Do I have grounds to return to court or for a modification?

UPDATED: Oct 1, 2022

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Do I have grounds to return to court or for a modification?

I recently found out that my now ex wife stole money
forged checks while we were married and hid
assets trust fund and an inheritance during our

Asked on February 13, 2018 under Family Law, Missouri


S.L,. Member, California Bar / FreeAdvice Contributing Attorney

Answered 4 years ago | Contributor

Changed circumstances regarding financial matters are grounds for modification of spousal support.
You will need to file an Order to Show Cause to request a hearing on your modification of spousal support.  Call the court clerk to schedule a hearing.  Include the hearing date/time/ department on your Order to Show Cause.  With the Order to Show Cause, file a declaration signed under penalty of perjury stating the facts in support of your request for modification, and any additional supporting evidence.  In addition, file a proof of service (court form).  After filing these documents with the court, mail a copy of your documents to your ex with the proof of service which verifies the date of mailing.  Serving your ex by mail provides her with notice of the hearing.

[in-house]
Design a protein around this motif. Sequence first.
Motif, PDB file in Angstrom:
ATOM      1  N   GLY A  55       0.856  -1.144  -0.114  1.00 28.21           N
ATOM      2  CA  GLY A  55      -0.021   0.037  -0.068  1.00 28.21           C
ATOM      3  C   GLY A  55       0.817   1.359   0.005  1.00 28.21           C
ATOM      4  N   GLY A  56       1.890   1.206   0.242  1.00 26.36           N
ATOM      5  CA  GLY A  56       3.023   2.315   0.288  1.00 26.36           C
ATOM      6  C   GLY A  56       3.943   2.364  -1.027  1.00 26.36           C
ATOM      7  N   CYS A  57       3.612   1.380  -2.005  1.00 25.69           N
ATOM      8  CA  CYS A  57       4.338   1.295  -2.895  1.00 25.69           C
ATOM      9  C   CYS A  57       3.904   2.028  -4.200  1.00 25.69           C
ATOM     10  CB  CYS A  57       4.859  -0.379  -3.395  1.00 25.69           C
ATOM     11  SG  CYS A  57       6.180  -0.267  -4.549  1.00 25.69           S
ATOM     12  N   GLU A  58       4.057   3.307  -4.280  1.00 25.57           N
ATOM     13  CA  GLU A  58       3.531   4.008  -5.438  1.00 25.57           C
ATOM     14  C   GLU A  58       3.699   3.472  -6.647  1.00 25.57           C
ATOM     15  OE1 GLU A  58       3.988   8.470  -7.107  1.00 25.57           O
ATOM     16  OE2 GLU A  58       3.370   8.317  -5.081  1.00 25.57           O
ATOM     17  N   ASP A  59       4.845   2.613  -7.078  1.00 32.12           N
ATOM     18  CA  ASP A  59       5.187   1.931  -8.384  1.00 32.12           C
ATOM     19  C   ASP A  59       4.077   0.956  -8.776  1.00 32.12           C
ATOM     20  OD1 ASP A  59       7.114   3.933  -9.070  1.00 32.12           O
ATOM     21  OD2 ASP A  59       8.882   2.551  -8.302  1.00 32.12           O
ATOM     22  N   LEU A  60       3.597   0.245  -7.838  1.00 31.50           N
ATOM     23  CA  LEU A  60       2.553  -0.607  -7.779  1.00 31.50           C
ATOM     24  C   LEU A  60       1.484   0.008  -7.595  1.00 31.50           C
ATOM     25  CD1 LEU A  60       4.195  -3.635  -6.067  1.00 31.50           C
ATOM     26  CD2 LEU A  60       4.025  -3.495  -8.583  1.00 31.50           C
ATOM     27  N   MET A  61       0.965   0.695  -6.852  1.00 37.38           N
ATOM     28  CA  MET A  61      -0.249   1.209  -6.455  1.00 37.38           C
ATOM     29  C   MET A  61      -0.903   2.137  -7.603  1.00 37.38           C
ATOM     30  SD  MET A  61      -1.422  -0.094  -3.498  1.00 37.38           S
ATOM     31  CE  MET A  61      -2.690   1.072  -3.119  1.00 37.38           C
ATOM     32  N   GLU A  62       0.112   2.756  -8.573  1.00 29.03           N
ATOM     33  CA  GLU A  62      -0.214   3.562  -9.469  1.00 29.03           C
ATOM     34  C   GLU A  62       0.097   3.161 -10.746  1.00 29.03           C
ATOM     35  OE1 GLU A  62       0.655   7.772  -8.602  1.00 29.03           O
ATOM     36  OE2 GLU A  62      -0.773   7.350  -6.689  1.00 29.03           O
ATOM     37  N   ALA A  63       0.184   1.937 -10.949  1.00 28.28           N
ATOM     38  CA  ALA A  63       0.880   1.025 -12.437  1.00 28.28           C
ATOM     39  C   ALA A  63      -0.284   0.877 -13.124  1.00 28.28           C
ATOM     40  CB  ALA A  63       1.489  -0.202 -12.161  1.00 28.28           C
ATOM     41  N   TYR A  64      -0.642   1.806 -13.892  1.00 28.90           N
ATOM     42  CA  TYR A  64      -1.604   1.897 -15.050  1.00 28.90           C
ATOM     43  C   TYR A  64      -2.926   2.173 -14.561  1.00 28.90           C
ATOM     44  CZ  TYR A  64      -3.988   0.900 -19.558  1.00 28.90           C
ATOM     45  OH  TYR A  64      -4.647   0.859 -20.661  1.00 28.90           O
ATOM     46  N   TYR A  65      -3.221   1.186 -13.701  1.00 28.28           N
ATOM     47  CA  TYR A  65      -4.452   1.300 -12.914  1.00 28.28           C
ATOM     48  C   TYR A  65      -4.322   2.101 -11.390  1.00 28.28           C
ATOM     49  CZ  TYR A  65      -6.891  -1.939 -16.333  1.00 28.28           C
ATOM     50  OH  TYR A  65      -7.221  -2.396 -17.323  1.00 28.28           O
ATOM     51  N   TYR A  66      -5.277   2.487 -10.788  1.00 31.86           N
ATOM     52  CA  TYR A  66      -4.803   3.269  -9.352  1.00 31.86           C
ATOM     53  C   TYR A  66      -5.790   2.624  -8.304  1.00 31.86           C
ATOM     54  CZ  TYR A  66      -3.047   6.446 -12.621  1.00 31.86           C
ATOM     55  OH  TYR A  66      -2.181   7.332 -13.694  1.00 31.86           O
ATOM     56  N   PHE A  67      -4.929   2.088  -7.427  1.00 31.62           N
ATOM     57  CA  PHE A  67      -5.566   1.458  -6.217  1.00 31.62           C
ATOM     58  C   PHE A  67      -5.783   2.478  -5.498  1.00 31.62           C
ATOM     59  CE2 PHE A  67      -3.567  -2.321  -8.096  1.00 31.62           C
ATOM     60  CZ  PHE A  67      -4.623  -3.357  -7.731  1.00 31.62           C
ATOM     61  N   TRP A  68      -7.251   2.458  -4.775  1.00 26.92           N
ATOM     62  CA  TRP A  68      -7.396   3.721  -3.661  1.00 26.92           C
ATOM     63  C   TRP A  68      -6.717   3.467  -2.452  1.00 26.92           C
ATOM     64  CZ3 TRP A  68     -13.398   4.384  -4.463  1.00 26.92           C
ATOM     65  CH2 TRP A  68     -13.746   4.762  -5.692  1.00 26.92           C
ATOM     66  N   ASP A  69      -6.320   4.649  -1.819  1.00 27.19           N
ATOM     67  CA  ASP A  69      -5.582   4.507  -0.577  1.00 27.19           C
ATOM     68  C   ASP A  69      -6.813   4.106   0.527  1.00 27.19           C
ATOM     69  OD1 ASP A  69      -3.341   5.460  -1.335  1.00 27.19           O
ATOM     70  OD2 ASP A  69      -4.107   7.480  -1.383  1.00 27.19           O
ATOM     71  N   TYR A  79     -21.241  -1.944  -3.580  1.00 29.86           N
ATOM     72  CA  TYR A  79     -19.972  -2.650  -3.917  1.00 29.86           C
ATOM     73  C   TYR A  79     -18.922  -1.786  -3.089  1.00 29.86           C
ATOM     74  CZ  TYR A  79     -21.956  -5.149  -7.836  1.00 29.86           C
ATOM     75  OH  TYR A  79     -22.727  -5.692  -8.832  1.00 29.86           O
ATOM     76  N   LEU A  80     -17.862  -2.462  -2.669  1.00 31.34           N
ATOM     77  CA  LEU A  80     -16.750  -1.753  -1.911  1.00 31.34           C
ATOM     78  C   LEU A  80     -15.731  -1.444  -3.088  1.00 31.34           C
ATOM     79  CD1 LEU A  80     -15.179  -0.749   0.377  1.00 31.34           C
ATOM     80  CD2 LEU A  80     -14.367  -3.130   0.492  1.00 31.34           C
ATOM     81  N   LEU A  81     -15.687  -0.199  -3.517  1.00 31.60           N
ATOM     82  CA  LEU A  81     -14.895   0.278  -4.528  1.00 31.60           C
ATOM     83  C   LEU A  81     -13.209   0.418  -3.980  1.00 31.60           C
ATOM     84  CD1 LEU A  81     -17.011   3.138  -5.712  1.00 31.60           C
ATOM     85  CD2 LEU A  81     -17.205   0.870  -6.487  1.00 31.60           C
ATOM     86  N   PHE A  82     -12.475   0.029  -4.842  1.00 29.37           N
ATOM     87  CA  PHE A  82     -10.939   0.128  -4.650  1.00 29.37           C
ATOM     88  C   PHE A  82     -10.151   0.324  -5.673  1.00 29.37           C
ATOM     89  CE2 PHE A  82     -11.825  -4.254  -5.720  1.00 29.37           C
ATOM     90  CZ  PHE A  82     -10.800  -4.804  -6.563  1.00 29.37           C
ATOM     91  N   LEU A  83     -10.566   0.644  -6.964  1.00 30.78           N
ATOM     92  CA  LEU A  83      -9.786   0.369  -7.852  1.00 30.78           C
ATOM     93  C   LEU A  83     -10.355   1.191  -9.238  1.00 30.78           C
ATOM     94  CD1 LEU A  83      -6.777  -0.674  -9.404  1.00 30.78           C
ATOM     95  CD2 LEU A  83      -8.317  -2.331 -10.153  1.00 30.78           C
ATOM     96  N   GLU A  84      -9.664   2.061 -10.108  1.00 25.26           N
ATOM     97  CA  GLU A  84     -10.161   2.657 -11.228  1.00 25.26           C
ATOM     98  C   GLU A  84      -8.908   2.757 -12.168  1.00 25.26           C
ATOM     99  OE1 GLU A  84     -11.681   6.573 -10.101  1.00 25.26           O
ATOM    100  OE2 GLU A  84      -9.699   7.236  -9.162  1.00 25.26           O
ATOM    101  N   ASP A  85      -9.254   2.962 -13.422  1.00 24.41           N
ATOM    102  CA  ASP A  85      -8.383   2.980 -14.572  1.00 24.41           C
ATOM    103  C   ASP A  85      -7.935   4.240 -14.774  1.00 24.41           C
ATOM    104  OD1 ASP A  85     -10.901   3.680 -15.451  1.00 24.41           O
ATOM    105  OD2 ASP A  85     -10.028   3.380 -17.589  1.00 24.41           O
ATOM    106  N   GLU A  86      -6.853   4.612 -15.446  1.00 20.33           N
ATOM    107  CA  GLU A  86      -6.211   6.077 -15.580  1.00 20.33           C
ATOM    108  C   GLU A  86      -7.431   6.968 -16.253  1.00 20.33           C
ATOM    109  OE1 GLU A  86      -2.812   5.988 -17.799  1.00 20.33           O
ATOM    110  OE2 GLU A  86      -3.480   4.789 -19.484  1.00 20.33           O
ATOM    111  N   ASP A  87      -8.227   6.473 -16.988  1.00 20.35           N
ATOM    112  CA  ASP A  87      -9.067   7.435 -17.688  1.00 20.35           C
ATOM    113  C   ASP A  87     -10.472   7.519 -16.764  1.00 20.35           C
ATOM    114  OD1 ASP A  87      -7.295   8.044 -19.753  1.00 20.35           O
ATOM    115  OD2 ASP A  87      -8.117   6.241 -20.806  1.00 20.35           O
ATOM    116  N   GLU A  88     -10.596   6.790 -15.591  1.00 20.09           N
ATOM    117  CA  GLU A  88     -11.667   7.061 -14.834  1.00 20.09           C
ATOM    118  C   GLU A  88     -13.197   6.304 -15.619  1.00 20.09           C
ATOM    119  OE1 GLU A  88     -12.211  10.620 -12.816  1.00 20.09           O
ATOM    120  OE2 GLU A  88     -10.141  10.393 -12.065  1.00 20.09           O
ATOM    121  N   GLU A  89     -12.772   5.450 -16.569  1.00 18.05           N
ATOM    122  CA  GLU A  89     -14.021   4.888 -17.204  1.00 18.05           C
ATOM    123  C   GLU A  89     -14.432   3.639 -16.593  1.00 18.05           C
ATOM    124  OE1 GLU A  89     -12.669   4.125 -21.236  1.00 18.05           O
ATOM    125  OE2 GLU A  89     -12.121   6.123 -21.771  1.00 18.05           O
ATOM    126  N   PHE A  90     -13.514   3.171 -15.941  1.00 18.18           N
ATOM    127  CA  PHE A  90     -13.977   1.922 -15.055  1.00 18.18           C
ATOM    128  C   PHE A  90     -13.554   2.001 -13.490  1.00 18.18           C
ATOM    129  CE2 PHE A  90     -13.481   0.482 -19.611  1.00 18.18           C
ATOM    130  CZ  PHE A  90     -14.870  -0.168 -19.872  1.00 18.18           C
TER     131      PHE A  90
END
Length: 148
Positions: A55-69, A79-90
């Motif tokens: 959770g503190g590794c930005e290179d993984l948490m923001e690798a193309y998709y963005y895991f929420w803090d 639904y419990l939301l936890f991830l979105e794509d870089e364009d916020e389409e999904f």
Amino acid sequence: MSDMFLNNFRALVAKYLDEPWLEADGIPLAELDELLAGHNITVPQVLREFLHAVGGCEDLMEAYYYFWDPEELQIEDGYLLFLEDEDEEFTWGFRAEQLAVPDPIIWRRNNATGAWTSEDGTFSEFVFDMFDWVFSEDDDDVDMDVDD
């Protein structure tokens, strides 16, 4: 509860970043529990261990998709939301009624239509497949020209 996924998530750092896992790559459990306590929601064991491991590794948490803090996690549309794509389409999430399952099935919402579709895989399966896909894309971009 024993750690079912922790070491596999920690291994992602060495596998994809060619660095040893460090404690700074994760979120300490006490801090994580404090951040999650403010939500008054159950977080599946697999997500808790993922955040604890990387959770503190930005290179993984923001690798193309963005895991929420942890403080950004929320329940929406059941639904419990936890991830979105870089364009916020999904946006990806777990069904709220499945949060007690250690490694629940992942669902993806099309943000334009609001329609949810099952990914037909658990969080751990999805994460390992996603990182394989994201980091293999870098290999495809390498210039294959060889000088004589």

Prior to filing your documents with the court, ask the court clerk if there are any other required documents you need to file for a modification of spousal support because the required documents may vary from state to state.

IMPORTANT NOTICE: The Answer(s) provided above are for general information only. The attorney providing the answer was not serving as the attorney for the person submitting the question or in any attorney-client relationship with such person. Laws may vary from state to state, and sometimes change. Tiny variations in the facts, or a fact not set forth in a question, often can change a legal outcome or an attorney's conclusion. Although has verified the attorney was admitted to practice law in at least one jurisdiction, he or she may not be authorized to practice law in the jurisdiction referred to in the question, nor is he or she necessarily experienced in the area of the law involved. Unlike the information in the Answer(s) above, upon which you should NOT rely, for personal advice you can rely upon we suggest you retain an attorney to represent you.

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